The Conversation Series: Audrey Cheynut

Consent Decision-Making for Student Voice


Audrey Cheynut, teacher of literature for 16-17 year old students, is with us today to tell us the story of how, as a teacher, she got acquainted with sociocracy and ‘consent decision-making’ and how she uses the method with her students.

Audrey and I first met in a training event for teacher educators in the Pestalozzi Programme on social media and human rights.

I knew my students and they trust me.

Audrey’s main goal is to help students take responsibility for their learning. This is why we are so fond of Audrey’s work: she is energetic, organized and in touch with her values as a teacher. She wants to embody these values and her commitment to learning (her learning as well as her students’ learning) is the base of her action.

Audrey has been using consent decision making for quite some time now with her students. She has given her students the possibility:

  • to choose their curriculum for the year;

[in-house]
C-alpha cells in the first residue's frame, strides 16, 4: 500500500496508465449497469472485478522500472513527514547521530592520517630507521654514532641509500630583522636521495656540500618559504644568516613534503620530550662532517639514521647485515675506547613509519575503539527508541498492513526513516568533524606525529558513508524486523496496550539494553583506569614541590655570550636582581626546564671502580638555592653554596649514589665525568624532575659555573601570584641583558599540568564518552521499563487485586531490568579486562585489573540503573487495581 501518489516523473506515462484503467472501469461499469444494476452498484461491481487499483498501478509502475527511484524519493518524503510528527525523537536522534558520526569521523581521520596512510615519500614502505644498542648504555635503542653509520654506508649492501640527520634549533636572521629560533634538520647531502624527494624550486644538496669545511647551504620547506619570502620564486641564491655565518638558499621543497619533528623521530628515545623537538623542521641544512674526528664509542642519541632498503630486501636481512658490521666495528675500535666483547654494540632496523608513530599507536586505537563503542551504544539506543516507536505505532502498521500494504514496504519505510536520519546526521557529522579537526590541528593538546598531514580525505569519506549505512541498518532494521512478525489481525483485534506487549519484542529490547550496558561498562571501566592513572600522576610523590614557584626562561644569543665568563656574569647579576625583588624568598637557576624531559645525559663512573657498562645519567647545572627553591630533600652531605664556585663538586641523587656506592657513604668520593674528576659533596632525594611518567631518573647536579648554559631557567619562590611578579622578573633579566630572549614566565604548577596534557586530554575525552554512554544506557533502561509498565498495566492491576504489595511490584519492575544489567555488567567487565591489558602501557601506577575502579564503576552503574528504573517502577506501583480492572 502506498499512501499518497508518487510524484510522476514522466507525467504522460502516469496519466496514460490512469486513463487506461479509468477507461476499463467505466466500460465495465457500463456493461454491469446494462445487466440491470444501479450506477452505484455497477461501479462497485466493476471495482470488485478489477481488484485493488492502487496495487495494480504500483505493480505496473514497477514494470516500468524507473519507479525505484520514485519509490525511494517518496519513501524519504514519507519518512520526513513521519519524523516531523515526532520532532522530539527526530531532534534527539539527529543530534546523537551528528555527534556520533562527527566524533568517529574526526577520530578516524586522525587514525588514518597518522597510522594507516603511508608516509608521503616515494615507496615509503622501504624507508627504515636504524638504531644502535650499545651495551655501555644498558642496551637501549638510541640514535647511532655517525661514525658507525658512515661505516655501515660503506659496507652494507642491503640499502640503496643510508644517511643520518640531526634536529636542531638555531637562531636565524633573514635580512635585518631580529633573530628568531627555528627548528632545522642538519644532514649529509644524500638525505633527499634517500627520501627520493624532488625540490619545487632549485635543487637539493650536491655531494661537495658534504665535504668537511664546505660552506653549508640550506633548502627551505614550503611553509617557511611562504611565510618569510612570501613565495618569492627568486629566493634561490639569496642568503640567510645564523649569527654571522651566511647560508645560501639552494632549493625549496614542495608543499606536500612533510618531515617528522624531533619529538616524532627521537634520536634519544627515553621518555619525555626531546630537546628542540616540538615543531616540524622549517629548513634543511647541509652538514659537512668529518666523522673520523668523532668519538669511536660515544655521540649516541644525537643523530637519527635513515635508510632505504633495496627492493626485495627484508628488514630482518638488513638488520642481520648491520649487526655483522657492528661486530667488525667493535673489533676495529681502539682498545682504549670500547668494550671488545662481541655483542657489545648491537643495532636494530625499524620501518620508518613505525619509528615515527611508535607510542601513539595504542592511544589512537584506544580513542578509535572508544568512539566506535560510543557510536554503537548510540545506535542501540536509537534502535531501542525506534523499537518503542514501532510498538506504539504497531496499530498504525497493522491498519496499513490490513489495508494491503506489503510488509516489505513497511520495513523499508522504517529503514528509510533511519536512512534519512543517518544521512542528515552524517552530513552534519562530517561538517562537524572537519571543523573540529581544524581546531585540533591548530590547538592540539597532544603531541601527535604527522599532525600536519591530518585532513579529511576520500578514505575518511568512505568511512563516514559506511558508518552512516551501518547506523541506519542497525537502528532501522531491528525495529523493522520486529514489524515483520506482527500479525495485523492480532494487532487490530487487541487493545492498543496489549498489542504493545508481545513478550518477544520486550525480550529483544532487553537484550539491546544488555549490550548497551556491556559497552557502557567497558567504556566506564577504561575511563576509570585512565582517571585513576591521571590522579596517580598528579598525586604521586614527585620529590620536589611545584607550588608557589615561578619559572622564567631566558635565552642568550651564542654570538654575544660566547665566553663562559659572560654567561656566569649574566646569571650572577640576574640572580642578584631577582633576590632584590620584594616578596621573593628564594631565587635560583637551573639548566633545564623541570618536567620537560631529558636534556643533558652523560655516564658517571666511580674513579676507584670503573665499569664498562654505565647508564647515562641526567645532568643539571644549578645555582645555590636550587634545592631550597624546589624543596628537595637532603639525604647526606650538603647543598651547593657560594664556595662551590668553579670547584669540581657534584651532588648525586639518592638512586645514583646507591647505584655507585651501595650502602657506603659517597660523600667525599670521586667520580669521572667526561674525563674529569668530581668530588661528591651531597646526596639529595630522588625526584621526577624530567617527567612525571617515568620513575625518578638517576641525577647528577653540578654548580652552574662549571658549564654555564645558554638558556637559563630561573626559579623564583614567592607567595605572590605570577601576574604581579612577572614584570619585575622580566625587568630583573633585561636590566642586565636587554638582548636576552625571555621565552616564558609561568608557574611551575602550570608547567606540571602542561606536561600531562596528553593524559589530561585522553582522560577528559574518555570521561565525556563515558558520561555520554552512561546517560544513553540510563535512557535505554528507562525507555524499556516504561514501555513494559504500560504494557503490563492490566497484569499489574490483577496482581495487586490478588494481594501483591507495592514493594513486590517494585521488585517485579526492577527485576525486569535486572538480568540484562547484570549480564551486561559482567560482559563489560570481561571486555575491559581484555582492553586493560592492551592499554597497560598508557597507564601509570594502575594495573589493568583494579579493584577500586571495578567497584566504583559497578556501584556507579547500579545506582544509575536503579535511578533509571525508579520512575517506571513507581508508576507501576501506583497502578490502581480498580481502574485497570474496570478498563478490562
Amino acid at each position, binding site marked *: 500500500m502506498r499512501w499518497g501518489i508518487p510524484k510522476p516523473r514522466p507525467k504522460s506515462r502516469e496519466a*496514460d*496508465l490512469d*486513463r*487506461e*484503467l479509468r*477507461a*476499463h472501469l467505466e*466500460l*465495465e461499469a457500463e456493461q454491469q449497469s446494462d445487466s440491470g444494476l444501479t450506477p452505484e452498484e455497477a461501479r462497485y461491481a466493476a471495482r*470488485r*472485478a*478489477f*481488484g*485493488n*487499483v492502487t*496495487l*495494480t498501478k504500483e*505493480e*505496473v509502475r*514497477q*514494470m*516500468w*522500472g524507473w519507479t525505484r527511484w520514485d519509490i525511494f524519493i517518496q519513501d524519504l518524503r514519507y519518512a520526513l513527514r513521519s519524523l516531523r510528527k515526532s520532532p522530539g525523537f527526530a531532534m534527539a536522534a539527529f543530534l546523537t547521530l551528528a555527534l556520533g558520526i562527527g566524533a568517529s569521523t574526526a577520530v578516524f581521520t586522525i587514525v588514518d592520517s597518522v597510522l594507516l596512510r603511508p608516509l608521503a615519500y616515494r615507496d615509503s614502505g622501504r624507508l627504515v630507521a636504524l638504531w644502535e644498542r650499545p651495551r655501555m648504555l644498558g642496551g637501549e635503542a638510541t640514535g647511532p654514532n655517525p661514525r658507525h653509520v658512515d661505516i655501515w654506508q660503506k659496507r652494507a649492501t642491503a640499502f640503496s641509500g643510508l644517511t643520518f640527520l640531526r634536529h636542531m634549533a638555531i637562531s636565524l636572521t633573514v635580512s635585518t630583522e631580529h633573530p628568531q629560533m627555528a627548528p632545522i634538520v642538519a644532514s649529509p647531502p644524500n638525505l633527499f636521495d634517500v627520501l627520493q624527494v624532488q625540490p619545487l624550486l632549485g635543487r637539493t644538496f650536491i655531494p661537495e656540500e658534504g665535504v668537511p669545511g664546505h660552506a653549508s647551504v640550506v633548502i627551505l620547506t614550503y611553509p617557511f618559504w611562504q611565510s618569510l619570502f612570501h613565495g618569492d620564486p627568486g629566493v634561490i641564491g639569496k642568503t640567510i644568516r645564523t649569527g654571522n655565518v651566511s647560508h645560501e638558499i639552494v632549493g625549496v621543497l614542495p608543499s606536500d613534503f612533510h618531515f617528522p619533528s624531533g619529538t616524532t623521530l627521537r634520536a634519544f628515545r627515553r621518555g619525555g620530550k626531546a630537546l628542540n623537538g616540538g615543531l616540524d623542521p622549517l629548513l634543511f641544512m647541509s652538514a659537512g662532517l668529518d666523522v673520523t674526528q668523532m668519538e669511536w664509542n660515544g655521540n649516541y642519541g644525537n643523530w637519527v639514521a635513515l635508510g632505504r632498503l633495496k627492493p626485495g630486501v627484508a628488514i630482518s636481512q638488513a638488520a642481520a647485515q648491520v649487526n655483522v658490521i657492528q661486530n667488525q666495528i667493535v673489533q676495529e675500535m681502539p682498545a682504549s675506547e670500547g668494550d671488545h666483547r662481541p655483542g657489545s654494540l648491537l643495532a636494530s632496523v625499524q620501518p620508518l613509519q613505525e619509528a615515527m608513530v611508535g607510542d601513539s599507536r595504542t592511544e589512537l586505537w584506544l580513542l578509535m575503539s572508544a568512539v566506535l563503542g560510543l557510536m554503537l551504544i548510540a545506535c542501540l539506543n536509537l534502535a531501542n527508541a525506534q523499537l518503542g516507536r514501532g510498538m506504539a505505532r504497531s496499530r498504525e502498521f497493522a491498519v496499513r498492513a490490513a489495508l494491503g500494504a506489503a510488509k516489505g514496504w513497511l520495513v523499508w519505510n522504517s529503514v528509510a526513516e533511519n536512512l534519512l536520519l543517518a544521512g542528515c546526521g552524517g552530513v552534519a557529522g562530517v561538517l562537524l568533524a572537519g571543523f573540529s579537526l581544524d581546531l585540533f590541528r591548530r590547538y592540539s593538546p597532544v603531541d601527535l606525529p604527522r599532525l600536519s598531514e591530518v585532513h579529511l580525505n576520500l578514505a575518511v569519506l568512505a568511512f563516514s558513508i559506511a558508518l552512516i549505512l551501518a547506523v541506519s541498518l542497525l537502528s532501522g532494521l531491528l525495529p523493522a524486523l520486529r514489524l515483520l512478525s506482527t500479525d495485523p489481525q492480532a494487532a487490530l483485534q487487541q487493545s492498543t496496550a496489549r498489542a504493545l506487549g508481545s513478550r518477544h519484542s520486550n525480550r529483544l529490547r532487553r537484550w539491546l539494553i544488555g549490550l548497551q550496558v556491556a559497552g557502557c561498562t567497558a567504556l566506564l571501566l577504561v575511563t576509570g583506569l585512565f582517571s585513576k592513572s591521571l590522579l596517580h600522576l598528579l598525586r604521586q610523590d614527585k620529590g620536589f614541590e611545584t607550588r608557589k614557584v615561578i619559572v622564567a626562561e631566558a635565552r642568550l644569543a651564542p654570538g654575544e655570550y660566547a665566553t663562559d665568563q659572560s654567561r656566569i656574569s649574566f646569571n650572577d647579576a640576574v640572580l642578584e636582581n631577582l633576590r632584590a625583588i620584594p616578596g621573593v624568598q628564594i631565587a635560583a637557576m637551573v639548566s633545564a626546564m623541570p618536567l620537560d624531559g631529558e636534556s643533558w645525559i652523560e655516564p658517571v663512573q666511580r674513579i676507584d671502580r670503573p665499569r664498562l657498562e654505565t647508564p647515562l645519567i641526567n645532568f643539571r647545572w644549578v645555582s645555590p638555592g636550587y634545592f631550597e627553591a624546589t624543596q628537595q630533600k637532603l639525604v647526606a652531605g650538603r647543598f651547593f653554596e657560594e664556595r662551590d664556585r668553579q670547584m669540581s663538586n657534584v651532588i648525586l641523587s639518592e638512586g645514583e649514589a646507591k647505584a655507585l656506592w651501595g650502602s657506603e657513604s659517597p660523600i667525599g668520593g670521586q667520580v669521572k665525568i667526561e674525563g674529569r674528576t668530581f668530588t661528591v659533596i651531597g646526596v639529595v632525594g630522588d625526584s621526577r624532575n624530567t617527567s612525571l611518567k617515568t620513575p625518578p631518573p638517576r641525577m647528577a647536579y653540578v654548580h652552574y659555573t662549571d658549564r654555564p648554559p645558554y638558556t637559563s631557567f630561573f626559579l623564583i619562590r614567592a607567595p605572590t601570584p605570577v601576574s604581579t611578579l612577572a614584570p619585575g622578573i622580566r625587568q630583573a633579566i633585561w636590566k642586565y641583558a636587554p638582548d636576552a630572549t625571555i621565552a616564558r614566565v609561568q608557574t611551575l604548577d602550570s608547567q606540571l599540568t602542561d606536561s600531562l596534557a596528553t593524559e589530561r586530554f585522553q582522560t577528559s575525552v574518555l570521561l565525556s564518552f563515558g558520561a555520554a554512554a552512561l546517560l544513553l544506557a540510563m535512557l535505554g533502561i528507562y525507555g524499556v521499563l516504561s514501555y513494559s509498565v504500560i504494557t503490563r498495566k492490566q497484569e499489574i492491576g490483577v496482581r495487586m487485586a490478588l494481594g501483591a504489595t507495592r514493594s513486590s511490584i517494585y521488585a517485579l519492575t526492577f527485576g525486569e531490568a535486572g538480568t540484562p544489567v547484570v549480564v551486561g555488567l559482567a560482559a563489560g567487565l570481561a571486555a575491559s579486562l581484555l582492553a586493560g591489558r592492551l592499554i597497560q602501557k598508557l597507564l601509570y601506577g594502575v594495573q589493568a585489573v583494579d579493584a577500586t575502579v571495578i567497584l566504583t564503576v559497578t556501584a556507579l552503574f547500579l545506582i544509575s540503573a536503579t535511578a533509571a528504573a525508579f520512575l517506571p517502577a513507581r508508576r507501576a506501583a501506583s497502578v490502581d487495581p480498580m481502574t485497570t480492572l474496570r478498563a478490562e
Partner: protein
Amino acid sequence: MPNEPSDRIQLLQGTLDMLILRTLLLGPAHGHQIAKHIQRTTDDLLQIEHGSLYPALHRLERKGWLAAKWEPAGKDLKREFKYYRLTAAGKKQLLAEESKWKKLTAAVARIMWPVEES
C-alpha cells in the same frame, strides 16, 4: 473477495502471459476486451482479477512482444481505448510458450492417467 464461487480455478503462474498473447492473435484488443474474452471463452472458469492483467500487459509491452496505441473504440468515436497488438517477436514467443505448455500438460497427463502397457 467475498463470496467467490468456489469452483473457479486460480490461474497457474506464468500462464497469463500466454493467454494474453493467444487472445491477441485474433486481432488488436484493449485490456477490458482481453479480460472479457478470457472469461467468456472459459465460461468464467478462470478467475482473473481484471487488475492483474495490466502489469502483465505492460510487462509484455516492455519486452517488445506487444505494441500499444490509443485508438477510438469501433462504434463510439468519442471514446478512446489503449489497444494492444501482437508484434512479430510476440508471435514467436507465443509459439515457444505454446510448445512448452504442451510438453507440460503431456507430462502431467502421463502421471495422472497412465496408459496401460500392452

• to select the books they wanted to read for that year;
  • to co-create materials that gather what students have learnt after each learning sequence.

What helped Audrey try out this new method? She tells us: “I knew my students and they trust me”.

In this podcast, Audrey explains the method and gives advice to teachers who are interested in trying it:

  • start small and simple;
  • pay attention to how you feel about what you are trying; make it yours!
  • prepare well before you start so you are able to adapt;
  • and always: debrief, debrief, debrief!

This podcast walks you through the entire process.

Further Resources

What is Sociocracy?

Sociocracy seeks to achieve solutions that create harmonious social environments as well as productive organizations and businesses. It’s:

  • A set of principles that values equality and the rights of people to decide the conditions under which they live and work
  • An effective method of organizing collaborative and productive groups large and small.

While sociocracy shares the values of democracy, freedom and equality, it differs in two essential ways; the use of consent rather than majority voting in decision-making, and decision-making after discussion by people who know each other. It’s a vision for  “deeper democracy.” Because the principles and methods can produce a democratic society better than majority vote can. It also distributes leadership and power to the lowest levels of an organization and thus produces the characteristics of recent theories of “green” and flat organizations.

The 6-step Process of Consent Decision-Making

You may download the image above in pdf form here while this handout provides further information on each step of the process.

Useful Links


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